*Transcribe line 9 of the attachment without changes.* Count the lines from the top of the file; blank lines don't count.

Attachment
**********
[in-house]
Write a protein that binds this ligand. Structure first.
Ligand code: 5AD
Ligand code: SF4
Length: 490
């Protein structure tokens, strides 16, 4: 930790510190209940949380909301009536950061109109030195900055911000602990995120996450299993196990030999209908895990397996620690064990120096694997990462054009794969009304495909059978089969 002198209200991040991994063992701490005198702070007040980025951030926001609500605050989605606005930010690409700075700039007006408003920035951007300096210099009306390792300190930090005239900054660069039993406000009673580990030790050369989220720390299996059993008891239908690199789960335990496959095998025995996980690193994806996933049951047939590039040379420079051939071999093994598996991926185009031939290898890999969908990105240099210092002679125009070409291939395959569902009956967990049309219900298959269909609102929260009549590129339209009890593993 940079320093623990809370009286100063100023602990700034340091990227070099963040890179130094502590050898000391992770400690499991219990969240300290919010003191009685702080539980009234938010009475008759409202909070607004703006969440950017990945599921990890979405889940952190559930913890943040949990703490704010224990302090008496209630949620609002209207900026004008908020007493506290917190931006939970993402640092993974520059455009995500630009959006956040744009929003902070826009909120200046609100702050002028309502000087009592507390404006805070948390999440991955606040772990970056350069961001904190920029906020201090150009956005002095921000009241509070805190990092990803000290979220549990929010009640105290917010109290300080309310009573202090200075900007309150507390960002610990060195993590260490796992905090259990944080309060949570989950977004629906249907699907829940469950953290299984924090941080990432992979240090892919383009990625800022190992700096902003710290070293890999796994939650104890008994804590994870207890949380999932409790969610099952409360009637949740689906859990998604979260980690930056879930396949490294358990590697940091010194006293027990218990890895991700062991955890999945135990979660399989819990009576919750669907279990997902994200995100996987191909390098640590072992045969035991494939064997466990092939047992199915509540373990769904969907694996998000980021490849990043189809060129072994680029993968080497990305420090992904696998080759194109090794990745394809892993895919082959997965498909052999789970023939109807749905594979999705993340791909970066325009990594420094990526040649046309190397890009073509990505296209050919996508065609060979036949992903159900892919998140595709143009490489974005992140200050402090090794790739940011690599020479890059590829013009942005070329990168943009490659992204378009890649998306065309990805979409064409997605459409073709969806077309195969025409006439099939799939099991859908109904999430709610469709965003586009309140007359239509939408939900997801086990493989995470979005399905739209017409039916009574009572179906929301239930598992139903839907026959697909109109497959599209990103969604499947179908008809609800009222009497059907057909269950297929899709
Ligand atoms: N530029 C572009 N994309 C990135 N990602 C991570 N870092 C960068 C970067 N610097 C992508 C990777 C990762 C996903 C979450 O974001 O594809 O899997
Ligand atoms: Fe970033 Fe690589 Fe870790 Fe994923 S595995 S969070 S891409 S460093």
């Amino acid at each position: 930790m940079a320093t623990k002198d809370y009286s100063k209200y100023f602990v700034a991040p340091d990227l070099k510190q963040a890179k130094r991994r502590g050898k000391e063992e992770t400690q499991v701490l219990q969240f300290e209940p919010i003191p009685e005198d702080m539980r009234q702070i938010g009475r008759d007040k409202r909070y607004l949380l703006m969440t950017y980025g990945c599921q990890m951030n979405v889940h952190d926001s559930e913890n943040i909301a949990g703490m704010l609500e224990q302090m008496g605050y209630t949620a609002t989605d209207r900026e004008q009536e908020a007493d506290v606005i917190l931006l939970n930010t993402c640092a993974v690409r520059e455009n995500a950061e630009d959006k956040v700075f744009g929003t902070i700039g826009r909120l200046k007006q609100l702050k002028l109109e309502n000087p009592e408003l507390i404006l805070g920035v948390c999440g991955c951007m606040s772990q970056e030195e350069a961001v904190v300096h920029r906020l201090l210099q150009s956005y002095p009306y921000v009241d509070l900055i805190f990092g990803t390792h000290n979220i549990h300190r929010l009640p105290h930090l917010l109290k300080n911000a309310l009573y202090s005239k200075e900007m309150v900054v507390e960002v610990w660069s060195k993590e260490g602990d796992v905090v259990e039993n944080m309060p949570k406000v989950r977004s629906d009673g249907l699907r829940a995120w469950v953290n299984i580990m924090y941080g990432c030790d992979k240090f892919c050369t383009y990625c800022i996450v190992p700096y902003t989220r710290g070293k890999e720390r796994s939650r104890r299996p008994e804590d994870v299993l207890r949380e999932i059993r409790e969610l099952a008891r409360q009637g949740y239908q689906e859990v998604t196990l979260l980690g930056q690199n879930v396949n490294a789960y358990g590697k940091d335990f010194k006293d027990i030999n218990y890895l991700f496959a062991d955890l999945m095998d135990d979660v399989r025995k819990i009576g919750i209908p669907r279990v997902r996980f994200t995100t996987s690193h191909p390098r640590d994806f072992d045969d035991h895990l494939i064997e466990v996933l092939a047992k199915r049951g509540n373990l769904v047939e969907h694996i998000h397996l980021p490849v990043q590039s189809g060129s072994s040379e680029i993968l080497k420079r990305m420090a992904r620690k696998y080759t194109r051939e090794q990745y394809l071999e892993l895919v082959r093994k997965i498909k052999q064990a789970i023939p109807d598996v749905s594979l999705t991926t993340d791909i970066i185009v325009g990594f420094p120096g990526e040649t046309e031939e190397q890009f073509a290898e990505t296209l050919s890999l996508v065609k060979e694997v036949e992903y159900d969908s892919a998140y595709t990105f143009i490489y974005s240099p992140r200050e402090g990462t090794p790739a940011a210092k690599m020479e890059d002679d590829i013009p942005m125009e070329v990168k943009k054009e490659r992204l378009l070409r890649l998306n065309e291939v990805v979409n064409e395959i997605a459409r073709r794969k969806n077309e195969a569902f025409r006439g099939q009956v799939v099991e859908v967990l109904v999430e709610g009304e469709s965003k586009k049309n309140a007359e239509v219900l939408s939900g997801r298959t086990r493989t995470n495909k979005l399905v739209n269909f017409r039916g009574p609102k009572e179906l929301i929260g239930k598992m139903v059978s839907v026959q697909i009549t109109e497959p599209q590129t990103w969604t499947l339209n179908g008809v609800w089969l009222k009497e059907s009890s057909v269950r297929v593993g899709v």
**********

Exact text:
């Amino acid at each position: 930790m940079a320093t623990k002198d809370y009286s100063k209200y100023f602990v700034a991040p340091d990227l070099k510190q963040a890179k130094r991994r502590g050898k000391e063992e992770t400690q499991v701490l219990q969240f300290e209940p919010i003191p009685e005198d702080m539980r009234q702070i938010g009475r008759d007040k409202r909070y607004l949380l703006m969440t950017y980025g990945c599921q990890m951030n979405v889940h952190d926001s559930e913890n943040i909301a949990g703490m704010l609500e224990q302090m008496g605050y209630t949620a609002t989605d209207r900026e004008q009536e908020a007493d506290v606005i917190l931006l939970n930010t993402c640092a993974v690409r520059e455009n995500a950061e630009d959006k956040v700075f744009g929003t902070i700039g826009r909120l200046k007006q609100l702050k002028l109109e309502n000087p009592e408003l507390i404006l805070g920035v948390c999440g991955c951007m606040s772990q970056e030195e350069a961001v904190v300096h920029r906020l201090l210099q150009s956005y002095p009306y921000v009241d509070l900055i805190f990092g990803t390792h000290n979220i549990h300190r929010l009640p105290h930090l917010l109290k300080n911000a309310l009573y202090s005239k200075e900007m309150v900054v507390e960002v610990w660069s060195k993590e260490g602990d796992v905090v259990e039993n944080m309060p949570k406000v989950r977004s629906d009673g249907l699907r829940a995120w469950v953290n299984i580990m924090y941080g990432c030790d992979k240090f892919c050369t383009y990625c800022i996450v190992p700096y902003t989220r710290g070293k890999e720390r796994s939650r104890r299996p008994e804590d994870v299993l207890r949380e999932i059993r409790e969610l099952a008891r409360q009637g949740y239908q689906e859990v998604t196990l979260l980690g930056q690199n879930v396949n490294a789960y358990g590697k940091d335990f010194k006293d027990i030999n218990y890895l991700f496959a062991d955890l999945m095998d135990d979660v399989r025995k819990i009576g919750i209908p669907r279990v997902r996980f994200t995100t996987s690193h191909p390098r640590d994806f072992d045969d035991h895990l494939i064997e466990v996933l092939a047992k199915r049951g509540n373990l769904v047939e969907h694996i998000h397996l980021p490849v990043q590039s189809g060129s072994s040379e680029i993968l080497k420079r990305m420090a992904r620690k696998y080759t194109r051939e090794q990745y394809l071999e892993l895919v082959r093994k997965i498909k052999q064990a789970i023939p109807d598996v749905s594979l999705t991926t993340d791909i970066i185009v325009g990594f420094p120096g990526e040649t046309e031939e190397q890009f073509a290898e990505t296209l050919s890999l996508v065609k060979e694997v036949e992903y159900d969908s892919a998140y595709t990105f143009i490489y974005s240099p992140r200050e402090g990462t090794p790739a940011a210092k690599m020479e890059d002679d590829i013009p942005m125009e070329v990168k943009k054009e490659r992204l378009l070409r890649l998306n065309e291939v990805v979409n064409e395959i997605a459409r073709r794969k969806n077309e195969a569902f025409r006439g099939q009956v799939v099991e859908v967990l109904v999430e709610g009304e469709s965003k586009k049309n309140a007359e239509v219900l939408s939900g997801r298959t086990r493989t995470n495909k979005l399905v739209n269909f017409r039916g009574p609102k009572e179906l929301i929260g239930k598992m139903v059978s839907v026959q697909i009549t109109e497959p599209q590129t990103w969604t499947l339209n179908g008809v609800w089969l009222k009497e059907s009890s057909v269950r297929v593993g899709v």